- Enhancing your distribution network could put your brand’s offerings within reach of more potential customers.
- Bolstering your marketing prowess can raise brand awareness and draw more of your SAM into your customer base.
Competition plays a pivotal role in defining your SOM, so your ability to capture a larger market share within your SAM by developing unique selling propositions (USPs) is crucial to overall growth potential.
You can give yourself a competitive advantage through multiple avenues:
- Superior product features
- Unparalleled customer service
- Competitive pricing
- Strong brand positioning
- Innovative marketing strategies
By offering something uniquely attractive to your target market, you could increase your market share within your SAM, thereby expanding your SOM.
Another route to expanding your SOM is through deliberate market development. Keep an eye on organic changes in the market, such as emerging customer segments, shifts in consumer behavior, or technological advances that you can leverage to your advantage.
Alternatively, you can take your market development fate into your own hands by deliberately implementing strategies that change the minds of consumers or building those new advances yourself, should your resources allow for it.
One common method companies use to spur market development is positioning their product as the ideal solution for a particular pain point, educating consumers on what makes it superior to competitors, or the long-term effects of letting the problem go unchecked.
A good example is the emergence of online mattress retailers using specialty materials like cooling gels or memory foam to offer customers a better night's sleep.
The ads explain extensively how hot spots and pressure points affect work productivity because they prevent restful sleep. Their product, they claim, can negate the issue through innovative construction and data-driven design.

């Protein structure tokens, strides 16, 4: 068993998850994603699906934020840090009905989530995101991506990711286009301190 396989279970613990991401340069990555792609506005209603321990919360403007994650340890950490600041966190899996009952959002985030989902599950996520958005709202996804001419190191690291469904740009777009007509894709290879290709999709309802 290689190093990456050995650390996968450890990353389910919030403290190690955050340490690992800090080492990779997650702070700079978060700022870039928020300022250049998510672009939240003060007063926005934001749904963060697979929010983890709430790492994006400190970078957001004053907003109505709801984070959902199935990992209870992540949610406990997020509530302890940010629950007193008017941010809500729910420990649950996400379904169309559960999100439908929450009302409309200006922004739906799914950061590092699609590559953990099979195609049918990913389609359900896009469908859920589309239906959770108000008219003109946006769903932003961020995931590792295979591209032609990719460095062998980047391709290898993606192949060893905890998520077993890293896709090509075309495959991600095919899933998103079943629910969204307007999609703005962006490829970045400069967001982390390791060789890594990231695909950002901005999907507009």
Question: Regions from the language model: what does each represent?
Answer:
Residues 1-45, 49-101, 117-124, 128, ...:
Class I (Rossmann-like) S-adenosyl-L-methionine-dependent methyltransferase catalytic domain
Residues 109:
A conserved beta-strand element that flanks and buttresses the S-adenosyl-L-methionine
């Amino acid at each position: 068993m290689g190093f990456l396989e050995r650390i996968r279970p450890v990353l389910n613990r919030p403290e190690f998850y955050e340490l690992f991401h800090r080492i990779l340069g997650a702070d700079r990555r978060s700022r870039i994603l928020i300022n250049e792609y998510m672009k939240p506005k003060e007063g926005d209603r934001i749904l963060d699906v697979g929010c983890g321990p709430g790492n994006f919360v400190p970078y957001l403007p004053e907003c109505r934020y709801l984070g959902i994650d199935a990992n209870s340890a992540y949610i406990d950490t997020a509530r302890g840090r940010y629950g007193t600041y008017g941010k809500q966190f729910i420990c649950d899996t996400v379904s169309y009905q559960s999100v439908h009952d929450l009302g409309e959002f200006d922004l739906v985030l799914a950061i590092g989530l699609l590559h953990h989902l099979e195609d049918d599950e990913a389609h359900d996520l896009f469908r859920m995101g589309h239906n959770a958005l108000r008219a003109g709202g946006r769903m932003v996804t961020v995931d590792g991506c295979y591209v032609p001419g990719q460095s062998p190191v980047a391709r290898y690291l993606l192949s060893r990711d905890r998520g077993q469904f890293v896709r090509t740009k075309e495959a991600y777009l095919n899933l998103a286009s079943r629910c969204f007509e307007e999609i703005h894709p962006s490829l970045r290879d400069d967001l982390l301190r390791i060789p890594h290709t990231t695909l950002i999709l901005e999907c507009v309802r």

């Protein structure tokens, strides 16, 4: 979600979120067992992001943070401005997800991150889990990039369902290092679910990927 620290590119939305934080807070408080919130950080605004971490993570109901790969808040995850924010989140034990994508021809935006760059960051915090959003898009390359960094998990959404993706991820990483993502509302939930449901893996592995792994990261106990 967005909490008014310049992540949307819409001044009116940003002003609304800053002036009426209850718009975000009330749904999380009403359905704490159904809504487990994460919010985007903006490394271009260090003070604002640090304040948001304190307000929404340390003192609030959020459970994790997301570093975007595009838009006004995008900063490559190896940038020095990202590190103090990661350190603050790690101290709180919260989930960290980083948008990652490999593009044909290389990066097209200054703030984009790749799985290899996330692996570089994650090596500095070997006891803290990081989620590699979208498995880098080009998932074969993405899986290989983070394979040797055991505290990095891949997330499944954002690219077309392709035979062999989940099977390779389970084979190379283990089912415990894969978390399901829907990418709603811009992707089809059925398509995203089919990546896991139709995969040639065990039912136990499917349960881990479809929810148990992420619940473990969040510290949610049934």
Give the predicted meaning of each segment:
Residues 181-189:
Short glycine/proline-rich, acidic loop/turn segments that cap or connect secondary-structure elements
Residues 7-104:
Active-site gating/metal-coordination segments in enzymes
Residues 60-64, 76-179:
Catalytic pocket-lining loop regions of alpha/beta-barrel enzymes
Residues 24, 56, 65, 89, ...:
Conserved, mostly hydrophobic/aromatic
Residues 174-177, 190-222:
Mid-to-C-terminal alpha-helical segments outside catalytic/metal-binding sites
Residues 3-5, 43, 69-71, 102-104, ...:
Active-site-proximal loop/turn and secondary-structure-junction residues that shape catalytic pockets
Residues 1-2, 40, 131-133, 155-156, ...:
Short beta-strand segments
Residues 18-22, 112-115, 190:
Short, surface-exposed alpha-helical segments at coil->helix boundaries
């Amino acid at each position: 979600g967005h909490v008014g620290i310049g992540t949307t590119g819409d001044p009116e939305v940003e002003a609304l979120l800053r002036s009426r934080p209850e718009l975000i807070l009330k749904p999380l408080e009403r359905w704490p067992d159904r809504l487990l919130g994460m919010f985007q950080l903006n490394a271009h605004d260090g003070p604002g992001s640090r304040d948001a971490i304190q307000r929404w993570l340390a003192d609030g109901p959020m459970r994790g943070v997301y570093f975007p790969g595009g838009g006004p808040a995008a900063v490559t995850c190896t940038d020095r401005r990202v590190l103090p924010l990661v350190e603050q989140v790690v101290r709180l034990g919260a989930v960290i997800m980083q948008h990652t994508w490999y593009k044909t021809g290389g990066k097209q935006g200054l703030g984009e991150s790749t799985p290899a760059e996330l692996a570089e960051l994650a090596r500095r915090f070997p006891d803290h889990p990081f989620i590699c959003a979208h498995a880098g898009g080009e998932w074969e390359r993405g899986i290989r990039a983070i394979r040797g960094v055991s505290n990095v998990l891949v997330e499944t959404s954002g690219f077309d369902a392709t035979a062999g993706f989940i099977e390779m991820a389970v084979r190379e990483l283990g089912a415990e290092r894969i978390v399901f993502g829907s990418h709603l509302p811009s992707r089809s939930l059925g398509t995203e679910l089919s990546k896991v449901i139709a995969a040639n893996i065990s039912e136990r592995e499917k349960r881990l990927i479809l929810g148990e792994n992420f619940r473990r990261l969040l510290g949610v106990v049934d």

Strategic partnerships involve aligning with other businesses to access new customer segments and enhance your product or service offerings to broaden your market reach.
These alliances have numerous benefits depending on the goals and resources each business brings to the table, some of which include the following:
- Bundled services or products, adding value for your existing customers and attracting new customers looking for comprehensive solutions
- Shared marketing initiatives, where costs are split between both parties
- Access to your partner's distribution networks, placing your products or services within reach of customers who were previously inaccessible
Remaining Nimble in a Changing Market
Your enterprise has to be agile in the face of factors like a new competitor coming onto the scene or a sudden change in regulations.
To stay on top, put the time and effort into monitoring the market and being willing to adapt your strategy accordingly. Your ability to remain vigilant and flexible is an invaluable advantage over other companies that try to bend the market to their will rather than simply paying attention to the market.
Leveraging SOM With Other KPIs
SOM's realistic market perspective can help businesses set achievable targets and measure performance effectively, thus significantly shaping your enterprise's strategic use of KPIs.
A few of these interlinked metrics include:
- Sales forecasts: SOM offers a realistic view of your potential customer base, helping to create more precise sales forecasts.
- Revenue projections: By understanding the market portion you can realistically capture, you can make more accurate revenue predictions.
- Market share: Your company's market share is the portion of your SOM you've captured.
- Customer acquisition cost (CAC): Knowing your SOM helps better target your marketing efforts, potentially lowering CAC by focusing resources on a reachable audience.
- Customer growth rate: SOM defines the upper limit of your customer growth rate, at least in the short to medium term.
- Revenue growth rate: Revenue growth is directly tied to your ability to capture more of your SOM over time. The more revenue you have, the more you can invest in growing your market penetration.
Companies that balance their growth ambitions with a clear understanding of their serviceable obtainable market are more likely to achieve long-term success because it empowers them to set realistic targets and allocate resources efficiently.
Whether launching a startup, introducing a new product, or exploring new markets, your SOM is a reality check that helps ground your business strategy. Leverage it accordingly, and watch your market growth flourish.